Friendships take hiatus for Minnesota Vikings guard Mike Harris

Mike Harris will be facing friends and former teammates for the first time Sunday. What’s his outlook after a wild ride over the last year?

There is something special about players going up against a team they used to play for. Some players will downplay it as being just another game. Others will let it be known that it means a lot, such as when Brett Favre was heading to Green Bay as an enemy for the first time – apparently a crime worthy of five years of shunning.

Vikings guard Mike Harris has been finding his whirlwind of a second season in Minnesota a daily challenge. He’s playing a position he’s never played before, he has a rookie on his right shoulder and, as a fourth-year player, he is looking at free agency at the end of the season and the more positives he can put on tape, the better.

Throw in that, on Sunday, he’s going up against his former team and friends he still has warm feelings toward and the saga of Harris’ 2015 is getting more complicated all the time.

Harris wasn’t shy about saying that he has a little extra motivation going up against his former teammates. He has a wealth of inside information on them that his offensive teammates don’t and going up against them with the bullets flying instead of practice is something he’s looking forward to.

Is there is a little extra juice for this game?

“Of course there is,” Harris said. “I’m thankful for the Chargers and everything they’ve done for me. It will be nice to get after those guys. I know Coach (John) Pagano is a great defensive coordinator and he’s going to have something special lined up with good pressure packages. As an offensive line, we’re going to have to be prepared to pick them up.”

It became obvious that Harris has strong ties to San Diego when it came to discussing the little things that teammates pick up on during the drudgery of going up against them for thousands of practice snaps. While there isn’t a lot of full-fledged hitting, there are times when they’re going full out and they learn how the handle one another in practice. Players try to perfect a new arsenal of move moves and techniques against one another. They know the things the other is working on because they’re viewed as deficiencies.

Harris has a full dossier on his former defensive teammates and knows that it goes the other way as well. Although he’s facing them for the first time, it was clear that Harris has plenty of experience going up against San Diego’s standout defensive tackle Corey Liuget, defensive end Kendall Reyes and linebackers Melvin Ingram, Manti Te’o and Donald Butler.

They’re still on a first-name basis after almost two years apart.

“Most of them are still the same guys,” Harris said. “Corey, Kendall, Manti, Donald and Melvin, I played against all of those guys in practice. Going up against them for 2½ years, I know what kind of players they are. I’m familiar with all of them and all I can say is it’s going to be a good matchup because we’re going to have to be on our game because I know that they’ll be on theirs. I know some little things about them, but it goes both ways. They know my strengths and weaknesses as well.”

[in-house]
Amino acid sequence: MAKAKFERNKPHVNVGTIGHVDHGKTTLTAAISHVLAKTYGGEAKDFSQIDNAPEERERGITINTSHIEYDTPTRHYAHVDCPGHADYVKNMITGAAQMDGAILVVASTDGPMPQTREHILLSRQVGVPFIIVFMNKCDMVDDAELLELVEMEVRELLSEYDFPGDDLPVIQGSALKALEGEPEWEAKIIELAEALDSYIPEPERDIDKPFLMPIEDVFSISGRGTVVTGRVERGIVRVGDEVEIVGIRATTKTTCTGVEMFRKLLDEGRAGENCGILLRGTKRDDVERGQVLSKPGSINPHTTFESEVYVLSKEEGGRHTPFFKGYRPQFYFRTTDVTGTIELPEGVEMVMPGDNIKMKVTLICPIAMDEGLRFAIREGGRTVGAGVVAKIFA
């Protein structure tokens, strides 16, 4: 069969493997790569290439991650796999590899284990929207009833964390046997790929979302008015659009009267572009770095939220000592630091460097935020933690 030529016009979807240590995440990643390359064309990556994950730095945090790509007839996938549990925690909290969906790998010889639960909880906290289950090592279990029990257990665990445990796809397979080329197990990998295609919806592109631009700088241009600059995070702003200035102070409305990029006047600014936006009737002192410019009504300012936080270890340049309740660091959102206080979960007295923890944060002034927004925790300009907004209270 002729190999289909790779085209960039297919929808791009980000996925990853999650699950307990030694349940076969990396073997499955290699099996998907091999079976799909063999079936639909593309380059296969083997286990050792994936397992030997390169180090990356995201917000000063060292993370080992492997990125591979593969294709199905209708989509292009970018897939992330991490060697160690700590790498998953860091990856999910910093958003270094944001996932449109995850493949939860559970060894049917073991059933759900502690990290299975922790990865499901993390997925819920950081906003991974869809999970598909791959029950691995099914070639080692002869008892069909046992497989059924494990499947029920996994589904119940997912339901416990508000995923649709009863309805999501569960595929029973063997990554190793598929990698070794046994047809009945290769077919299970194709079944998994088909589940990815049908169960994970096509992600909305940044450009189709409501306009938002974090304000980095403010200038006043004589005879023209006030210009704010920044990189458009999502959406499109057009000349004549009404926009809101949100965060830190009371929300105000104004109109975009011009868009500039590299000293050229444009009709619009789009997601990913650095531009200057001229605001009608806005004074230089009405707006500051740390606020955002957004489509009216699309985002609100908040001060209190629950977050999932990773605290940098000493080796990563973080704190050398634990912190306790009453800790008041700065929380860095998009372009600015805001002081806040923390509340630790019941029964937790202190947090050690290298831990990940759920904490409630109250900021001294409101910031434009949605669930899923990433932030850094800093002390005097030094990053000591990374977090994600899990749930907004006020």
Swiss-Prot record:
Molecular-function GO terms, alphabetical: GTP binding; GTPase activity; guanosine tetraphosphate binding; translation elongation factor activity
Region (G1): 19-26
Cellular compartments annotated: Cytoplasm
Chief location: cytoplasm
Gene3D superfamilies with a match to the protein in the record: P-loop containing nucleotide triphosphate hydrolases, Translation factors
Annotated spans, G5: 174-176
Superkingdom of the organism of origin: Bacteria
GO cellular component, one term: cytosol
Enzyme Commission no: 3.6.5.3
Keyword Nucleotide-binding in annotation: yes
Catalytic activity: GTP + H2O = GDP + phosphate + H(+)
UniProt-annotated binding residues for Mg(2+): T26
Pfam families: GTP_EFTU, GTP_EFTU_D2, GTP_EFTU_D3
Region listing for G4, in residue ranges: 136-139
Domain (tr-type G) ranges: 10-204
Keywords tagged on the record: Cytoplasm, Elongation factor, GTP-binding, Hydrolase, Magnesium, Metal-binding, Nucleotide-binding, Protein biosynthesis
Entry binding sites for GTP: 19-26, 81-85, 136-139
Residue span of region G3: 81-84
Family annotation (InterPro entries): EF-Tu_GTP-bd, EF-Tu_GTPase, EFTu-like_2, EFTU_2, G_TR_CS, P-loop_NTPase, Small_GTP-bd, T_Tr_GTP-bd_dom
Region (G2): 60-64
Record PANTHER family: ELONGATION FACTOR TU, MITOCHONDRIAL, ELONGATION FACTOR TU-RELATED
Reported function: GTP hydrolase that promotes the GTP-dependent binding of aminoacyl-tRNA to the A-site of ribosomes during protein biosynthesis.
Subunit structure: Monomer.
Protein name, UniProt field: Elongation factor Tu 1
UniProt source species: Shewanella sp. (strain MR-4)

With Adrian Peterson coming off an impressive game against Detroit last week, the focus Pagano and his defense are going to bring to stop Peterson and apply pressure up the middle is going to be intense – not like it isn’t that way every game A.P. is on the schedule. But that interior pressure is going to be coming head-on to Harris and he’s ready to take on the challenge of his old defensive running buddies.

“Last week, we were able to run the ball like we know we could,” Harris said. “They know that and, like every week, their goal is going to be to stop the run game because we have a great back coming at them that is very important to our offense. We’re looking forward to making it a long day for them.”

Harris believes he showed a great deal of improvement from Week 1 to Week 2, but he isn’t anointing himself as The Man just quite yet. He sees the incremental improvement coming, with himself and the line as a whole, but knows that he is far from a polished product.

The change from tackle to guard doesn’t happen overnight, but the biggest improvement Harris sees himself making is in the mental aspect of the game. He is now seeing the defense at all three levels. It’s a lot on his plate and he’s mindful that it is a learning process.

“It’s a work in progress,” Harris said. “I know every day I’m learning different techniques. I’m becoming a student of the game as well – being able to pick up the things that the center – (John) Sullivan and Joe (Berger) – have to be responsible for. I’m learning to do that as well, because I know I have a young rookie tackle (T.J. Clemmings) that relies on me for help.”

On game day, much of the focus of media attention will be Norv Turner going up against his old team. But Turner won’t be on the field taking lumps from his friends.

Harris will be.

As a result, friendships he has made, maintained and will continue to have into the future will take a three-hour hiatus Sunday.

“Friendship takes a back seat,” Harris said. “We’re going to be getting after one another. The Vikings are my team now. For us, it’s another game we must win. For me, it’s exciting to go up against guys I’ve hung out with and spent a lot of time with. I look forward to the matchup.”

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